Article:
Wednesday, 17 November 2010

A Royal Wedding And An Inconvenient Truth

So, full disclosure as always, I'm a royalist. I know, it's mad. I've tried being a republican! I've gone through my political beliefs and found there is no sensible reason for me to be a royalist. I've told myself this in the sternest of words. But I just can't help myself. I have an irrational loyalty to Her Majesty. This reluctant royalism does mean I'm very sympathetic to republicans. I agree with you on the political, constitutional and democratic arguments. You win.

However after the (wonderful) news of Prince William's engagement to Kate Middleton yesterday I saw so much stupid on Twitter that I feel compelled to correct some extremely loose understandings of this country's constitutional arrangements with regards to the Royal family's finances.

Don't think of this as some royalist argument in favour of keeping the Royal family, it's not. This is simply a post to put some facts straight. After you've read this, you can have no excuse for continuing to spread these lies.

Why are we paying for an over the top Royal wedding during this time of austerity?

Simple answer: we're not. As this article states (although ignore the bit at the end it's very misleading and I'll show why later), it's likely this money will come from the Civil List, Her Majesty's "reserve fund" (savings from previous Civil List payments) and/or Her Majesty's personal wealth. After the 1990s media disasters, the Palace has learnt it's lessons. It is unlikely to ask the Commons to approve any further spending during an austerity drive, as it has from time to time in the past.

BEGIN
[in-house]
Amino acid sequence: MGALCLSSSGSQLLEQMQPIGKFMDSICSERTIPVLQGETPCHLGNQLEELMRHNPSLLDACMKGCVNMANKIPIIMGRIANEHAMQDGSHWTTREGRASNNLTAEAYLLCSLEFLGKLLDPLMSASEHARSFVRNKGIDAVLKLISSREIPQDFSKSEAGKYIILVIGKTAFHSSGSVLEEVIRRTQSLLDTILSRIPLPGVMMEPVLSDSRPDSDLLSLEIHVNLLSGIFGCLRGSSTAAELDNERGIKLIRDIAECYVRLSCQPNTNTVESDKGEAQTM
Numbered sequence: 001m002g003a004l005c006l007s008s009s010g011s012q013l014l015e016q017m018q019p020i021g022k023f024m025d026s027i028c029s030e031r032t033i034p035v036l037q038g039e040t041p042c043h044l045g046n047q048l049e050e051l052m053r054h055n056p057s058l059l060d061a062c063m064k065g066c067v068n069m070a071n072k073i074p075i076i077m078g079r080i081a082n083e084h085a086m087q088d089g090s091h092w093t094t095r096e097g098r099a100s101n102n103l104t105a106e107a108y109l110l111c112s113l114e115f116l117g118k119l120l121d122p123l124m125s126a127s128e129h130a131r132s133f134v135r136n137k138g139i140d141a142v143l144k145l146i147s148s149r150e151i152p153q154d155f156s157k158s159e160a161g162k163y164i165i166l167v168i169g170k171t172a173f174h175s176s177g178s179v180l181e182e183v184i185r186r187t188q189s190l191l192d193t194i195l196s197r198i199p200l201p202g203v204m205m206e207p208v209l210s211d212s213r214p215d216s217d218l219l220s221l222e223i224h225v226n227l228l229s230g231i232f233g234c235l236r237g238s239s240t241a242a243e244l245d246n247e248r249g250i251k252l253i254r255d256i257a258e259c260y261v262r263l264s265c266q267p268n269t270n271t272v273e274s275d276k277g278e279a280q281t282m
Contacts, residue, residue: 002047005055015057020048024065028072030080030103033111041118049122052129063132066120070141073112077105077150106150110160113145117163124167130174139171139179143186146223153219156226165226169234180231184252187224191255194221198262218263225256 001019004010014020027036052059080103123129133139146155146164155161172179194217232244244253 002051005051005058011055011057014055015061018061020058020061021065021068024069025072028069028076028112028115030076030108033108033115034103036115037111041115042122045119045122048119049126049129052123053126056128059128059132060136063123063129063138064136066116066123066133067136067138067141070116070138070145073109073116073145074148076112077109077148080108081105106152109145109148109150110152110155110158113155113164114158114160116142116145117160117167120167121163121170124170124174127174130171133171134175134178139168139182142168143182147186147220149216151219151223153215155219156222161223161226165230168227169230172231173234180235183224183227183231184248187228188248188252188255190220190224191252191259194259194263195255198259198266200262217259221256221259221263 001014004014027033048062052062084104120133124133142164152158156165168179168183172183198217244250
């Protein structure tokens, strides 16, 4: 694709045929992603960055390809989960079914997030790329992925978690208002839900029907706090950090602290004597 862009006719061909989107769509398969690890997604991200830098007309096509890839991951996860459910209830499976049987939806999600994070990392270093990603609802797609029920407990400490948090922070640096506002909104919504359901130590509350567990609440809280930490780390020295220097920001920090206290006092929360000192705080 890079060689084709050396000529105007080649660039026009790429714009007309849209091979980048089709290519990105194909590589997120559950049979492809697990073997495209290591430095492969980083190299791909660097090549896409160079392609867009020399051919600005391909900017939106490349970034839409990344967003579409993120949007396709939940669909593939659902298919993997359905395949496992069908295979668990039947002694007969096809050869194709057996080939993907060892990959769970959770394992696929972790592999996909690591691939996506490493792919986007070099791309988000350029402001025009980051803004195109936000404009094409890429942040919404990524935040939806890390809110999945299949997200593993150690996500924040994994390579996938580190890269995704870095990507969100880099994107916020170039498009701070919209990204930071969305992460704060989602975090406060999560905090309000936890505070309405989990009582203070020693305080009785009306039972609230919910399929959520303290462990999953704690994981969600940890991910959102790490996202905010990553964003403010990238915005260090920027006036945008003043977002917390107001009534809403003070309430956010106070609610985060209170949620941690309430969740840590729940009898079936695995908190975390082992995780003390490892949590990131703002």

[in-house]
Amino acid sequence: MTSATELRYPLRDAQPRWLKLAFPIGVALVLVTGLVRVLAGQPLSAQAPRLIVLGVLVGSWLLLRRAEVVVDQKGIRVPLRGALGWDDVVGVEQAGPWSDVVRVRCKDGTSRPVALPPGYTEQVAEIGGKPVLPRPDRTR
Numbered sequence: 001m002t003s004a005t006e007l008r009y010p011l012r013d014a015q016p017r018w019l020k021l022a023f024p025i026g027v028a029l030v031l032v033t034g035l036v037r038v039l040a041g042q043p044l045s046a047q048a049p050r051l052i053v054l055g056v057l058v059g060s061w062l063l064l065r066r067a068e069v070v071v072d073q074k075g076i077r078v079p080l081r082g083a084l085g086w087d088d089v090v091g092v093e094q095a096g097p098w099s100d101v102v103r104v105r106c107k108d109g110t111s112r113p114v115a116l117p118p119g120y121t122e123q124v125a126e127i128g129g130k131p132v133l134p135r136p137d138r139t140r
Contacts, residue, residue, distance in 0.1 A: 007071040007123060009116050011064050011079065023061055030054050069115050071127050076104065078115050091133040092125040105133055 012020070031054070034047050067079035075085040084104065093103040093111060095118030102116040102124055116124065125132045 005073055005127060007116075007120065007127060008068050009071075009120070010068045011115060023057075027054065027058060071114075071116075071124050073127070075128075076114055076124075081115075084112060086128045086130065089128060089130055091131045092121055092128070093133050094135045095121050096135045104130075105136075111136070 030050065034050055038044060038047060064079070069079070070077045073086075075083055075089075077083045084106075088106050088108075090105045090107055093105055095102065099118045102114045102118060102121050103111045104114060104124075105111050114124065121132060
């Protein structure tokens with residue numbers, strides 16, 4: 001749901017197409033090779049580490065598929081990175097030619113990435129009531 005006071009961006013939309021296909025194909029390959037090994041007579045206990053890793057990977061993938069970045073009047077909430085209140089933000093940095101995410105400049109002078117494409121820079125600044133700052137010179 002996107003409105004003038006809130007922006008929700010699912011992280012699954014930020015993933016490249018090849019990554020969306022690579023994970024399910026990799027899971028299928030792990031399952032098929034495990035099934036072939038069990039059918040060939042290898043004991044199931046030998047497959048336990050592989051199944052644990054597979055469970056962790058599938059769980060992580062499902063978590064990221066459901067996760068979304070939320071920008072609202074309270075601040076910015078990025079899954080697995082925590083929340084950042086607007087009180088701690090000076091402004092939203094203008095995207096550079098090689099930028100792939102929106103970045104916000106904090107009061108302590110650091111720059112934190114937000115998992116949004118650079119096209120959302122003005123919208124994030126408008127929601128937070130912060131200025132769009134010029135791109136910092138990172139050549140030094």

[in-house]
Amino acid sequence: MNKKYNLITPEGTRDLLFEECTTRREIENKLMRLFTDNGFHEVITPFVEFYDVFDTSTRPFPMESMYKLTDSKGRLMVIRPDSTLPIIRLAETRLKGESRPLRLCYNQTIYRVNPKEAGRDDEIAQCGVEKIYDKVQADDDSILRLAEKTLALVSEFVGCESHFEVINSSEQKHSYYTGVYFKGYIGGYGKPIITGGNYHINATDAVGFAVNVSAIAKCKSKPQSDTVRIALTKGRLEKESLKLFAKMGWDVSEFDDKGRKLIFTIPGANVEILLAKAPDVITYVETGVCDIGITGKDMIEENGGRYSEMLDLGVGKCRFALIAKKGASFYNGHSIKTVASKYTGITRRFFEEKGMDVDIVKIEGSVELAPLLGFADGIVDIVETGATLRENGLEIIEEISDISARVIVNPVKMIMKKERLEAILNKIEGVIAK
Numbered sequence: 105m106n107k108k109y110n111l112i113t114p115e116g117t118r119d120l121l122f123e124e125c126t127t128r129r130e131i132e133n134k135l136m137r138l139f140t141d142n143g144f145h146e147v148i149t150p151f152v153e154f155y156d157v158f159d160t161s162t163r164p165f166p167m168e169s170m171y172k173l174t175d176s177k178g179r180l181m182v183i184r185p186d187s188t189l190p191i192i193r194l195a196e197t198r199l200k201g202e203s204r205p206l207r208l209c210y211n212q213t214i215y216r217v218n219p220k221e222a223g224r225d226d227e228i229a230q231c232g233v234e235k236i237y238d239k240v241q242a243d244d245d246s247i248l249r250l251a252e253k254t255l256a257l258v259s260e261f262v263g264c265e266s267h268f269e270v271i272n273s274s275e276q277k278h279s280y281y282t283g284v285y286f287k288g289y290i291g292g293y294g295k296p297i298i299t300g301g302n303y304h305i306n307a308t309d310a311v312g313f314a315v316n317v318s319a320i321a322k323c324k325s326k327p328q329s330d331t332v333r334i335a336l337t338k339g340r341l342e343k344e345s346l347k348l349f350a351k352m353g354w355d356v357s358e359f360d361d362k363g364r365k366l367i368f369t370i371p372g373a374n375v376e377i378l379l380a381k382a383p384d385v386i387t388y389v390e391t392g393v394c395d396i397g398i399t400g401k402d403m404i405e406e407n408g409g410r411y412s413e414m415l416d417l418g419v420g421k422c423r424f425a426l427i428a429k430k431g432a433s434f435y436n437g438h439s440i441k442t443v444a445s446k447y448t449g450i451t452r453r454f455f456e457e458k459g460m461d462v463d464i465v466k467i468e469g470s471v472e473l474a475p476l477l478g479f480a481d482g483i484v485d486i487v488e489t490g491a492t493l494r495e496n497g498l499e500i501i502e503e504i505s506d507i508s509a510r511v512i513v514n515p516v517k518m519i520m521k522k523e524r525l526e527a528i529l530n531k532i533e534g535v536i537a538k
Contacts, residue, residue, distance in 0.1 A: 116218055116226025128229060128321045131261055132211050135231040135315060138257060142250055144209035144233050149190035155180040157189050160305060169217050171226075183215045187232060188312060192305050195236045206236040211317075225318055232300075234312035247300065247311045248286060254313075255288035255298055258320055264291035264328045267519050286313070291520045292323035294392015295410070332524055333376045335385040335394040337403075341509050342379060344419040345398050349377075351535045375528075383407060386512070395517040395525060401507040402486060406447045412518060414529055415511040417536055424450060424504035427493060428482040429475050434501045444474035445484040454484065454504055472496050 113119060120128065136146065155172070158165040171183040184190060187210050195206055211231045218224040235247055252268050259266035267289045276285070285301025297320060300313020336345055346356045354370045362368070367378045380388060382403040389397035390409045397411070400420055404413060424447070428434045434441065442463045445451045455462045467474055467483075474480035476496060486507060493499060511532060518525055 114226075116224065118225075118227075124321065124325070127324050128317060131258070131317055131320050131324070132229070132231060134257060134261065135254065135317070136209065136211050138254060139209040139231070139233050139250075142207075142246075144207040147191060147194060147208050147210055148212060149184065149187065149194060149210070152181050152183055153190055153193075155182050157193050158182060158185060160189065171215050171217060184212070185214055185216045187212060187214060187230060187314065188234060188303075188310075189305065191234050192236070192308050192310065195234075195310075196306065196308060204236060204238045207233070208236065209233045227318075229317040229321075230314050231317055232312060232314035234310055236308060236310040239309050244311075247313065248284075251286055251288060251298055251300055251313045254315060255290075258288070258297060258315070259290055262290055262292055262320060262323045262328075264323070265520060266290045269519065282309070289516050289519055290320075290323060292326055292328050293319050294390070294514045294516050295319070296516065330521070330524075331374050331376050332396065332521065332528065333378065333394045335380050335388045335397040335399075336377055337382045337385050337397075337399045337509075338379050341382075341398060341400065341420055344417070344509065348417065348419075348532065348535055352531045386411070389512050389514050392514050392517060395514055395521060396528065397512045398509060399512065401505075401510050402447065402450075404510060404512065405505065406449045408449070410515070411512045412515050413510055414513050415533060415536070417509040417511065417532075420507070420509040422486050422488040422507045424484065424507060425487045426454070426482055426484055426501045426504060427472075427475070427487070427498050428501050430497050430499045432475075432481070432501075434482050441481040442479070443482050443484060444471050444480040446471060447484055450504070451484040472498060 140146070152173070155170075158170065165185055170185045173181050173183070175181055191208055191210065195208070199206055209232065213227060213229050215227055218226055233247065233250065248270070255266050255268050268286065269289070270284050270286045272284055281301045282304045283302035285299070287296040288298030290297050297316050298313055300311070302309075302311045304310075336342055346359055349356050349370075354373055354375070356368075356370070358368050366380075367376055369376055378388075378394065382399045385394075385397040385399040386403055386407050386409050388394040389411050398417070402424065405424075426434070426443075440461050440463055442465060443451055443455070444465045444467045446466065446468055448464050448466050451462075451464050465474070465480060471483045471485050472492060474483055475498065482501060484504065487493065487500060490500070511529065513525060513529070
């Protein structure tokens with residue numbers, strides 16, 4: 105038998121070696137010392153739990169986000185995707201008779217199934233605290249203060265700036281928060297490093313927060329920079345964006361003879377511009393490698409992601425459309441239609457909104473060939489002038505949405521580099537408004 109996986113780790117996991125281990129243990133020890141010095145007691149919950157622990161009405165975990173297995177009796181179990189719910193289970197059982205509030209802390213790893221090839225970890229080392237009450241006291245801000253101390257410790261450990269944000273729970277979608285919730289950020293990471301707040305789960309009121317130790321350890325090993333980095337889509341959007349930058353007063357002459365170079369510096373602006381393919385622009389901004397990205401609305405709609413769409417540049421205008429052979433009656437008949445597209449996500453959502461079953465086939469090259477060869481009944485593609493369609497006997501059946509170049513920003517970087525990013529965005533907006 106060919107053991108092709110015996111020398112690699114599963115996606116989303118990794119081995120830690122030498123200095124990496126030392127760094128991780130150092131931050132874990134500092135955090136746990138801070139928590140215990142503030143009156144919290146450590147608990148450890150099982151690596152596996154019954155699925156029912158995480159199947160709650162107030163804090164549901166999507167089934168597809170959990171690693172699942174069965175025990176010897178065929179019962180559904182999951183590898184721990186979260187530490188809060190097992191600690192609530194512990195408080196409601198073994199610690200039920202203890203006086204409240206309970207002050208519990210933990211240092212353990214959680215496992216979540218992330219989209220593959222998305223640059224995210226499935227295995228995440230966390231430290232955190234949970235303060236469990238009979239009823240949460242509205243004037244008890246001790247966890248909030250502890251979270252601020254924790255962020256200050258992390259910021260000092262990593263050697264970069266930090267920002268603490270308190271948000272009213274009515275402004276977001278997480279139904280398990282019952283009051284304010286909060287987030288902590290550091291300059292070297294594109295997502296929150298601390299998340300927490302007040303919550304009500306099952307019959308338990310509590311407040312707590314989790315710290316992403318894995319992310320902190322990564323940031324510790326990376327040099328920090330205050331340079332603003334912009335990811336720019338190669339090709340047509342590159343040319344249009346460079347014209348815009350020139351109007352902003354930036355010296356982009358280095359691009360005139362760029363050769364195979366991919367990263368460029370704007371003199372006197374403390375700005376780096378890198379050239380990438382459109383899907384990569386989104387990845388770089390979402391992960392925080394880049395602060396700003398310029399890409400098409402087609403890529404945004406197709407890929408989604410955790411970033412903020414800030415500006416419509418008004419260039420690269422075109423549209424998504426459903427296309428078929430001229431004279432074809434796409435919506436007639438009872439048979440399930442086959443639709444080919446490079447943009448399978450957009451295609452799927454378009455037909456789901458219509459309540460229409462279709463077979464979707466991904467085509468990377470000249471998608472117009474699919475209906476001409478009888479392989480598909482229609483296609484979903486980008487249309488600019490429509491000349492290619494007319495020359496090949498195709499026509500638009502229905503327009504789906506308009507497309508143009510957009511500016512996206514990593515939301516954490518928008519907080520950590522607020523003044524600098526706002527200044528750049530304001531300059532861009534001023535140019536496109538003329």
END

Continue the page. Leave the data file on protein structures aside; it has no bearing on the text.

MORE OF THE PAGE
What if it does and doesn't the Civil List get paid from our tax money? Why are we propping up these rich, unelected toffs?? 

This is a false presumption. I know, it's commonly said the Royal family "cost" every person in the country 50p (or more precisely now, 69p). This is not true. Certainly the "costs" that the Government pays are about £40 million. These come from grants for maintenance and from the Civil List. However, these costs don't come from our taxes! When George III ascended to the throne, it was decided that, in return for surrendering the Crown Estates to the Government, the Government would pay his personal living expenses through the Civil List. The profits the Government makes far exceed the amounts given in grants, through the Civil List and through security costs. So the Royal family is actually a profitable venture for us and they can, on the accession of a new monarch, change those arrangements. So it might be best we keep them on side during this age of cuts! 

But hasn't the Civil List been stopped?

Yes. To make the historic arrangement more explicit, the Government will, from 2013,no longer be paying the Civil List or grants but instead pay a yearly one-off payment called the Sovereign Support Grant specifically from the profits of the Crown Estate. In the meantime, the Royal finances have been reduced greatly. 

So. Please stop carping on about the costs of the monarchy. If you want to get rid of them, not only will we have to pay the costs of a President but we'd also lose our profits from the Crown Estate. We'd be looking at a couple of hundred million pounds lost to the Treasury. So remember that and stick to making sensible democratic arguments against the monarchy. Financial arguments make you look ridiculous.